The importance of Ratings for Insurers and the Implications of Poor Ratings
Like many industries, the insurance sector is rated to give brokers and consumers better knowledge of the competency, standard and performance of a company, so they can make a more informed decision over whether to choose a specific company as their insurer.
Financial Strength Ratings
Such ratings relate to the financial strength of the company and its proficiency at meeting ongoing policy and contract obligations. Financial Strength Ratings in the insurance sector are provided by companies such as Standard & Poor’s (S&P), AM Best & Fitch. For example S&P ratings range from a ‘AAA’ to a ‘D’. AAA is the highest possible rating and means the insurance company maintains credible financial performance and can repay all debts. The lowest ranking is D, which shows an insurer has defaulted on its financial commitments.
It is important to note that not all insurers are rated. Unrated insurers do not carry a ‘financial strength rating’. Unrated insurers pose a greater risk, as they have not been rated on their financial strength and, in the case of some foreign insurers, are not subject to EU or UK insurance regulations.
The implications of an unrated insurer
Whilst “A rated” insurers are not immune to the risk of failure, using an unrated insurer comes with greater risks for customers.
Some of the most common risks of using an unrated insurer include:
- The financial stability of the insurer is not verified.
- Insurers located outside of Continental Europe are not held to the same regulations, legislation and testing as those based within the EU or UK.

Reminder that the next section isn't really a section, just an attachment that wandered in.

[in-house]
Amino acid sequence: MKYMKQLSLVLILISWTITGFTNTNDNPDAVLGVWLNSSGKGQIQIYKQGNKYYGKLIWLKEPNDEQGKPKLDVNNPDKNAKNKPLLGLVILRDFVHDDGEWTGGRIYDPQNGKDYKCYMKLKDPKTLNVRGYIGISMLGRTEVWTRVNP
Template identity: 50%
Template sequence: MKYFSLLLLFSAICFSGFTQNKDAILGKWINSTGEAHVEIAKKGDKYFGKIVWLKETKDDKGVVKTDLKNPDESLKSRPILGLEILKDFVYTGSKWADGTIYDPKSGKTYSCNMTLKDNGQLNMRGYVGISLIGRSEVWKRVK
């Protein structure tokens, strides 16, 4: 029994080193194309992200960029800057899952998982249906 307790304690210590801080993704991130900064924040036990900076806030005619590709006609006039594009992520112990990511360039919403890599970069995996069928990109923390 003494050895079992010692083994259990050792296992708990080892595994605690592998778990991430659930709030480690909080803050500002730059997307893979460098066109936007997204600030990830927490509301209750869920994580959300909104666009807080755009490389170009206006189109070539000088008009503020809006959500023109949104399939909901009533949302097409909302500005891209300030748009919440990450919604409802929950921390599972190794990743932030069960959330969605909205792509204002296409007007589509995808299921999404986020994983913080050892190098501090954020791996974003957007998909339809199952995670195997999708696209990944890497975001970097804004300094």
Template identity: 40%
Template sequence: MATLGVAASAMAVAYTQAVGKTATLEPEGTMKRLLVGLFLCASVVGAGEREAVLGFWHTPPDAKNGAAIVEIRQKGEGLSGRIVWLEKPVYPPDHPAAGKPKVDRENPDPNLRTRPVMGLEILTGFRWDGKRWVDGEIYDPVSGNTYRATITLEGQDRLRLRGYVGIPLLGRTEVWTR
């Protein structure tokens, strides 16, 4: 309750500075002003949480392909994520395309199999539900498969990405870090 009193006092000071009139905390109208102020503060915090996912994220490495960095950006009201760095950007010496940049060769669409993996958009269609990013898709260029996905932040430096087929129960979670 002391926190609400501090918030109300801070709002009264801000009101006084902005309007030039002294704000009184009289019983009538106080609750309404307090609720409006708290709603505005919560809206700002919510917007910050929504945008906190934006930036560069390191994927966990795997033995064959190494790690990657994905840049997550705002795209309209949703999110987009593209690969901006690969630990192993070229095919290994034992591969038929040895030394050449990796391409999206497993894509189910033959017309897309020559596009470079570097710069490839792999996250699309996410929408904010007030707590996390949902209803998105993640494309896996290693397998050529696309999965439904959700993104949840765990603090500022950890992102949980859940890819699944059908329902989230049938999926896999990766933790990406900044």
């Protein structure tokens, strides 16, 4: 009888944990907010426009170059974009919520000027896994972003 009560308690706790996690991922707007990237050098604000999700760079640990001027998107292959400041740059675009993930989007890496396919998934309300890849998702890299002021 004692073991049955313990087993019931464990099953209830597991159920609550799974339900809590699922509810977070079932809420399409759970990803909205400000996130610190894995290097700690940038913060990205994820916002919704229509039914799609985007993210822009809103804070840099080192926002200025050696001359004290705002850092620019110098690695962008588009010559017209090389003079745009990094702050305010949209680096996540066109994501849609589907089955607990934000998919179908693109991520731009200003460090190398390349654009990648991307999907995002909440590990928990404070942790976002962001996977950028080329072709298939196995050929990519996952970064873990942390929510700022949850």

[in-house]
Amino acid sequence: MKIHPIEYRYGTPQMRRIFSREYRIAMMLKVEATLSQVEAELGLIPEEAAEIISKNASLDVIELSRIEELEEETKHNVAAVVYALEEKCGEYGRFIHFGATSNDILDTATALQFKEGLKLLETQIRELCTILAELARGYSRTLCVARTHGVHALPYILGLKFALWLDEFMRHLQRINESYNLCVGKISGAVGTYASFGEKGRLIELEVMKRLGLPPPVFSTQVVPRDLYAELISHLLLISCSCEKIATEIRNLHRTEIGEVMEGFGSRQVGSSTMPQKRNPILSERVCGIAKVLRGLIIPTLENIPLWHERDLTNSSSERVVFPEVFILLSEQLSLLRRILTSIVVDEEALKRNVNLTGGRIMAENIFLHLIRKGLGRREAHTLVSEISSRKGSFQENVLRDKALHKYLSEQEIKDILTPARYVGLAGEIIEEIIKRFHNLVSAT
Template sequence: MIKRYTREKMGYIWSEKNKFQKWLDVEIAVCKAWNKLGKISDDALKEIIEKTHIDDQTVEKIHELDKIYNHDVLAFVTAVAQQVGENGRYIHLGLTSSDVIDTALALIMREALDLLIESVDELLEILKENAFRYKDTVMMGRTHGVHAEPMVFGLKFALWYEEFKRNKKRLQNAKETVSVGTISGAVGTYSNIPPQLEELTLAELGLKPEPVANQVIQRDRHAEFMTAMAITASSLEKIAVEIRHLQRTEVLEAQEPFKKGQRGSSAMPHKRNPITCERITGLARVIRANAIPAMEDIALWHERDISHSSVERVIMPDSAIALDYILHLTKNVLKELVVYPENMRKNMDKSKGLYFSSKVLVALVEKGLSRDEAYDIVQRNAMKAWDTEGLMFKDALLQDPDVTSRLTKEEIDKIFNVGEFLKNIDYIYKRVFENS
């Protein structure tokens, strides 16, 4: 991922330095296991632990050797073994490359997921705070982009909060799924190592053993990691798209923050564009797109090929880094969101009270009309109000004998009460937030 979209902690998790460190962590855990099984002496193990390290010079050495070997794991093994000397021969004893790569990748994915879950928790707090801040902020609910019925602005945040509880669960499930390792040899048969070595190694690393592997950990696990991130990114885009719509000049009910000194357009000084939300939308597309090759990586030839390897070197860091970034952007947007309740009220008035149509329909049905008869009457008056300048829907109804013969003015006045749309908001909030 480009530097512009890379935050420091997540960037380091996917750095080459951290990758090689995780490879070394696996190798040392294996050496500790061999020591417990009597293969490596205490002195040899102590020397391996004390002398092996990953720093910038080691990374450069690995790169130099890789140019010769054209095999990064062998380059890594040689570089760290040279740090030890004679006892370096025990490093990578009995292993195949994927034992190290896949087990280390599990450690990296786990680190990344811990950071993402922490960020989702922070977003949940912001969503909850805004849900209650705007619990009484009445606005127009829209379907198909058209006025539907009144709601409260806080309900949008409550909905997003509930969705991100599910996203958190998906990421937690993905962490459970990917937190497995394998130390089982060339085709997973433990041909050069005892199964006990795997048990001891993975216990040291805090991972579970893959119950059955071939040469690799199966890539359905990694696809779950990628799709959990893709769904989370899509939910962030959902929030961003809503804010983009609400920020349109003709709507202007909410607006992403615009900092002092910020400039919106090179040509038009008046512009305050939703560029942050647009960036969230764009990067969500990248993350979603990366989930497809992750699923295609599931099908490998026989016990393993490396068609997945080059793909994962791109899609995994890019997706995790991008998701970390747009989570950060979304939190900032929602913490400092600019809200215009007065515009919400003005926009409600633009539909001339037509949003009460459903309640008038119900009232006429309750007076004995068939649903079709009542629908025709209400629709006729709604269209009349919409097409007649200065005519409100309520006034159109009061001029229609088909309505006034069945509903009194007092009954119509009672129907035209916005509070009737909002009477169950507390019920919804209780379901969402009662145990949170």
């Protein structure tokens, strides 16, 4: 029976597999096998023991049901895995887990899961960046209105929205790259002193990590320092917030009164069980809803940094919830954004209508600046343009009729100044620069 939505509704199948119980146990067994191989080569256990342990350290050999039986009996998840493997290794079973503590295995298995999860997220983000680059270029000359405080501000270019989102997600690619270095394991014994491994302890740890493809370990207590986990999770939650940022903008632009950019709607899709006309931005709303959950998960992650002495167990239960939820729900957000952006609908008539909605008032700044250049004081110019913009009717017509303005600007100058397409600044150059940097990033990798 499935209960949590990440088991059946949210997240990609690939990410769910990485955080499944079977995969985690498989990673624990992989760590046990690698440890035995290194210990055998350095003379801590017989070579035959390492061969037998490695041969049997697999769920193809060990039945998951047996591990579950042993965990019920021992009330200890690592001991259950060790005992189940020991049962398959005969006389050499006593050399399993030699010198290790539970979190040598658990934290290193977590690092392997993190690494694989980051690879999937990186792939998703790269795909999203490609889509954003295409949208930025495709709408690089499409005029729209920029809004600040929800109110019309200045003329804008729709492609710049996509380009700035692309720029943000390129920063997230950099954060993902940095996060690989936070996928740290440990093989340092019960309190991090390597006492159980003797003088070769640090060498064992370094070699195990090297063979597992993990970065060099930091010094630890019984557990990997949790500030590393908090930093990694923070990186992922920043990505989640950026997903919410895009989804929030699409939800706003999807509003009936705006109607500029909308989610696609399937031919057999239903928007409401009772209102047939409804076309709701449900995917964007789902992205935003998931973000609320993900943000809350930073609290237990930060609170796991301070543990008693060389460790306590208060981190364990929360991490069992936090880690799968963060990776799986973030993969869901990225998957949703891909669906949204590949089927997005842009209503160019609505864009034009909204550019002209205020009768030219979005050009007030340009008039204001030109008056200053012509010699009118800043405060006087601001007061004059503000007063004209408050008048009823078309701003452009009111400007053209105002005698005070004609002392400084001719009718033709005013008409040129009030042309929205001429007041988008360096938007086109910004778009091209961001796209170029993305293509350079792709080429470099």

- Such insurers may be difficult to contact should an issue arise.
Poor ratings and being without ratings can be a leading factor in the collapse of insurance companies.
For example, in 2016 the Gibraltar-based insurer Enterprise collapsed when Gibraltar’s Financial Services Commission (FSC) ordered the company to stop writing new insurance contracts after Enterprise informed it had become insolvent and was unable to secure additional funding.
The FSC said it had been closely supervising Enterprise because of concerns over its financial position and that it had been seeking assurances from the company about its financial position, assurance that would have been clarified if the company had secured a high Financial Strength Rating.
Another example is when the unrated Liechtenstein insurance company, Gable, went into liquidation in 2016. All its policies were automatically cancelled a month after the insurer went into liquidation, leaving policyholders with just weeks to find new cover.
Naturally, the collapse of any insurer creates chaos, leaving people without vital cover and creating stress, worry and confusion for customers.
However, Nelson Policies at Lloyd’s is backed by the Lloyd’s market, which is rated as A+ by S&P, giving brokers peace of mind that their insurance solutions are in financially capable and credible hands.
For more information about our S&P rated A+ insurance solutions, including for non-standard residential property, get in touch with Nelson Policies at Lloyd’s friendly team of residential property experts.Back to Blog
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